All Eyes on Delaware: DE SB 13 Update
Heather Gabell, J.D., Director, Unclaimed Property Compliance
March 15, 2017
March 15, 2017
Introduced on January 12, 2017 and signed into law on February 2, 2017, DE Senate Bill 13 substantially revises and restructures Delaware’s unclaimed property law. Below are particular areas of interest for holders. The items below are listed in the order in which they appear in the statute.
- No provision for automatic deposit/withdrawal
- No catchall provision for owner interest
- Specifically excludes application of an automatic premium loan provision or other nonforfeiture provision contained in an insurance policy
- An unreturned 1099 or an executed W-8 BEN (for foreign address accounts) dated within 3 years of the end of any calendar year on file are provided as examples of indication of interest
- If an owner has more than one account, an indication of owner interest with respect to one account with that holder is an indication of owner interest in all accounts
Knowledge of Death
- Knowledge of death may be identified through any source, including declaration of death, death certificate, DMF searches, or other equivalent sources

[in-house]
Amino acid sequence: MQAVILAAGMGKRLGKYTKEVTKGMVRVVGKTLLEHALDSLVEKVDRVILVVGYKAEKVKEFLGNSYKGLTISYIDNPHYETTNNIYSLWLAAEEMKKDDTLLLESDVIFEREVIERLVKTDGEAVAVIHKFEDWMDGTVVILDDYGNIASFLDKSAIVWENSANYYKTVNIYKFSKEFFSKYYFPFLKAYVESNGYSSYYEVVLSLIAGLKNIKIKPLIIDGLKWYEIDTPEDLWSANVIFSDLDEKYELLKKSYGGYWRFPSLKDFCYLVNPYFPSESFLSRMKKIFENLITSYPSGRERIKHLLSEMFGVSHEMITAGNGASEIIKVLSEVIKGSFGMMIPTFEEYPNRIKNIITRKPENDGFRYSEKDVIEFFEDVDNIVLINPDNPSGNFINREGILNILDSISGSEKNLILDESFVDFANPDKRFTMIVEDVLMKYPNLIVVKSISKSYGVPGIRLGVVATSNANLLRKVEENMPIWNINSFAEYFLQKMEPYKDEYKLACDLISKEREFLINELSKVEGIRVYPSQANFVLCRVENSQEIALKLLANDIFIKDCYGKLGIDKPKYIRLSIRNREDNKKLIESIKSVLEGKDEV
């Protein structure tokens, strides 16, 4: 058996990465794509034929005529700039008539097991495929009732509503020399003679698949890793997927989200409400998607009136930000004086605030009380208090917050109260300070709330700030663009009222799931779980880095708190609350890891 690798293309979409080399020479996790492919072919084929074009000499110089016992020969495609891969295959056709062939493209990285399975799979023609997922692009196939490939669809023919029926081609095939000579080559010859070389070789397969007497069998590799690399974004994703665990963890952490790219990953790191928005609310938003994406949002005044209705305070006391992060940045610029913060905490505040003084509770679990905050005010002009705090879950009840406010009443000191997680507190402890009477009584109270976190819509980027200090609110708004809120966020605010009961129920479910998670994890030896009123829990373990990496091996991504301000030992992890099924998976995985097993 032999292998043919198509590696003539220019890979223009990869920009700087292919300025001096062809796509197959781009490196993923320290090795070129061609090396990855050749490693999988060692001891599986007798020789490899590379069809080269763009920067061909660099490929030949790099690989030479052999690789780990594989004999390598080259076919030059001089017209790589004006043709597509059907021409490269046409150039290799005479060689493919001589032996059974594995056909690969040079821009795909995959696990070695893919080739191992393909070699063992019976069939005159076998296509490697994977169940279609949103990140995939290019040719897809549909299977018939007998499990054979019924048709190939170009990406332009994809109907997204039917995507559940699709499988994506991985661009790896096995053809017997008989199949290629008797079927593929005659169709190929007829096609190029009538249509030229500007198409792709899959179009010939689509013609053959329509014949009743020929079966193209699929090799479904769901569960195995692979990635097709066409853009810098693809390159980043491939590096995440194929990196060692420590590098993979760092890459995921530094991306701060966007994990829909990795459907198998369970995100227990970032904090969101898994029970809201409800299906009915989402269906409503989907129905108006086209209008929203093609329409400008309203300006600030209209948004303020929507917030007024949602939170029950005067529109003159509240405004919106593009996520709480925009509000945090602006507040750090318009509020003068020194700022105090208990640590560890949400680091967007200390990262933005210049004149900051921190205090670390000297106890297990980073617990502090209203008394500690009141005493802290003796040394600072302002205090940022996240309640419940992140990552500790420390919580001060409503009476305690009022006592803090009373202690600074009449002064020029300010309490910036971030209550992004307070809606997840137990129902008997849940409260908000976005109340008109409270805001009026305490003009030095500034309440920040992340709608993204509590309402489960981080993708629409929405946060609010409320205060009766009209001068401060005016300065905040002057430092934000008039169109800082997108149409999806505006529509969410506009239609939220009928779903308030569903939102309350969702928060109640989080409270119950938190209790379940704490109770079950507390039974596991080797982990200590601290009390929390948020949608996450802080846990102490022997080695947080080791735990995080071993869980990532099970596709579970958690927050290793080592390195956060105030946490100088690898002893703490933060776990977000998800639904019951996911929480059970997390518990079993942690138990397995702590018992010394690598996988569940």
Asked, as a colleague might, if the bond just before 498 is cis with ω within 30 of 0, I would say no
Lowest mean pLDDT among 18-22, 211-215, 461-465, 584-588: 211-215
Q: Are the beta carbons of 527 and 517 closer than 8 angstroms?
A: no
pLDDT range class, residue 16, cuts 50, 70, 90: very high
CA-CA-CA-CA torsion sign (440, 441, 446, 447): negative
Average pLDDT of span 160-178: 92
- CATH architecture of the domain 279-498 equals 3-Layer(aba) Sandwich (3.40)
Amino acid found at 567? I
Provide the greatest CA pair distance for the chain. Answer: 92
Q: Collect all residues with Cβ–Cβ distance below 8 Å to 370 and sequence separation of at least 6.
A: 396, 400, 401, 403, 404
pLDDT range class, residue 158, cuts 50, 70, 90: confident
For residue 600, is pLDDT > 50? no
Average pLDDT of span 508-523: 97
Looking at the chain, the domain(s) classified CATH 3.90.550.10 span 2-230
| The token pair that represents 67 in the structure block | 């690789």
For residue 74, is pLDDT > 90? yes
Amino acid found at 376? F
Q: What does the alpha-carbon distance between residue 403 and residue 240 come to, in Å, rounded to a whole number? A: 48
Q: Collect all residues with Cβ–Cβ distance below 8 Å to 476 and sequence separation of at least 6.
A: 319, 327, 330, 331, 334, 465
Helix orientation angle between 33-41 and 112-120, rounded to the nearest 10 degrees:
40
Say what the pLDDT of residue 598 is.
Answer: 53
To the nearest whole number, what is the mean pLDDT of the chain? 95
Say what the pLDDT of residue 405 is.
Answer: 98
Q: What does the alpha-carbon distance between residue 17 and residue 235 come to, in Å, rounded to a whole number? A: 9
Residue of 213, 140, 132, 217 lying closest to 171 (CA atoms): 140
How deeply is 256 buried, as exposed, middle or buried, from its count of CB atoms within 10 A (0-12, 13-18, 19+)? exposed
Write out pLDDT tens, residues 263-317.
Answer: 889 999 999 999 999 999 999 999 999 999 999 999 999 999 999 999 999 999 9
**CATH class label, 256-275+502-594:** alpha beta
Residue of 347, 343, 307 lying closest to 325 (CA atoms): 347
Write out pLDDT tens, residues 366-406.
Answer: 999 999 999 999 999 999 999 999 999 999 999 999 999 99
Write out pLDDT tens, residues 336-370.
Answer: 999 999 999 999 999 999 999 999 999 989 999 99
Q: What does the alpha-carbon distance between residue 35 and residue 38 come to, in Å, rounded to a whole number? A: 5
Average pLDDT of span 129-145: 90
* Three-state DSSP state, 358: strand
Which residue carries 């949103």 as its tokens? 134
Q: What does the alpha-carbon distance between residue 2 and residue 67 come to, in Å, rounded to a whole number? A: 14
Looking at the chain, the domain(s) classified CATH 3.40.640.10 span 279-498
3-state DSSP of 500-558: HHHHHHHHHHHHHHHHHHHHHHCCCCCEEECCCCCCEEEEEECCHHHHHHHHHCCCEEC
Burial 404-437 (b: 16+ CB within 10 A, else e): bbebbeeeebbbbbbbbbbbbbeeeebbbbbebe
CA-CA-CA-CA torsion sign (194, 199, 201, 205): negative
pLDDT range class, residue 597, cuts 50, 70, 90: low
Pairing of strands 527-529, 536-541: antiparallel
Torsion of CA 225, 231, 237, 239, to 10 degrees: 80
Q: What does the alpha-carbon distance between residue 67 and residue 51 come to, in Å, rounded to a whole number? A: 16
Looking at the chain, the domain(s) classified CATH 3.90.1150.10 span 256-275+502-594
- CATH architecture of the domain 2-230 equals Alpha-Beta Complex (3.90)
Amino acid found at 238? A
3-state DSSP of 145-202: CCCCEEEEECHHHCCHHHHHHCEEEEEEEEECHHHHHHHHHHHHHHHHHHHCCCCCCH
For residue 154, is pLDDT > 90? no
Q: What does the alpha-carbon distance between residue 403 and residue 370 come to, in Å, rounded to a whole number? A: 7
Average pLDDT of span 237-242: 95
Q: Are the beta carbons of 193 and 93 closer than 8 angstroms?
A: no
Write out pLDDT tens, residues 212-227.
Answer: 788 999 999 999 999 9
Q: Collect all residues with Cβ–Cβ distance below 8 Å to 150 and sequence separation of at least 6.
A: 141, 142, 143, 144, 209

- A retirement account is presumed abandoned upon the earlier of:
- 3 years after the owner’s last indication of interest in the account following the date specified in the federal income tax laws by which distribution of the property must begin in order to avoid a tax penalty, or
- 3 years after the knowledge of death of the account owner that has been confirmed by the holder in its ordinary course of business, unless a beneficiary has indicated an interest in the account within 3 years after the date of death
Last Known Address
- Any description, code or other indication of location of owner on the holder’s books and records, which identifies the state of the last known address of owner.
- No zip code provision
- Beginning on 3/1/18, all reports must be in a web-based record
- If a holder contracts with a third party to make the report, the holder is responsible for complete, accurate and timely reporting and payment or delivery of the property.
- Holder must identify a designated individual to serve as the contact for all correspondence with the State related to the reporting and remittance of unclaimed property
- No reporting is required solely by virtue of holding property constituting consideration paid for unredeemed gift cards, which, in the aggregate, for the reporting period having a face value of less than $5,000 or for gift cards having a face value of $5.00 or under issued by a holder whose business is described in Sec. 2906 of Title 30, whether or not it conducts business in this state.
When to File Reports
- Holders and business associations (other than banking organizations and insurance companies): on or before 3/1
- Banking Organizations: on or before 11/10
- Insurance Companies: on or before 12/20
- First class mail must be sent by holders not more than 120 days nor less than 60 days before filing. Threshold amount is $50.00, but holders must mail on securities regardless of value.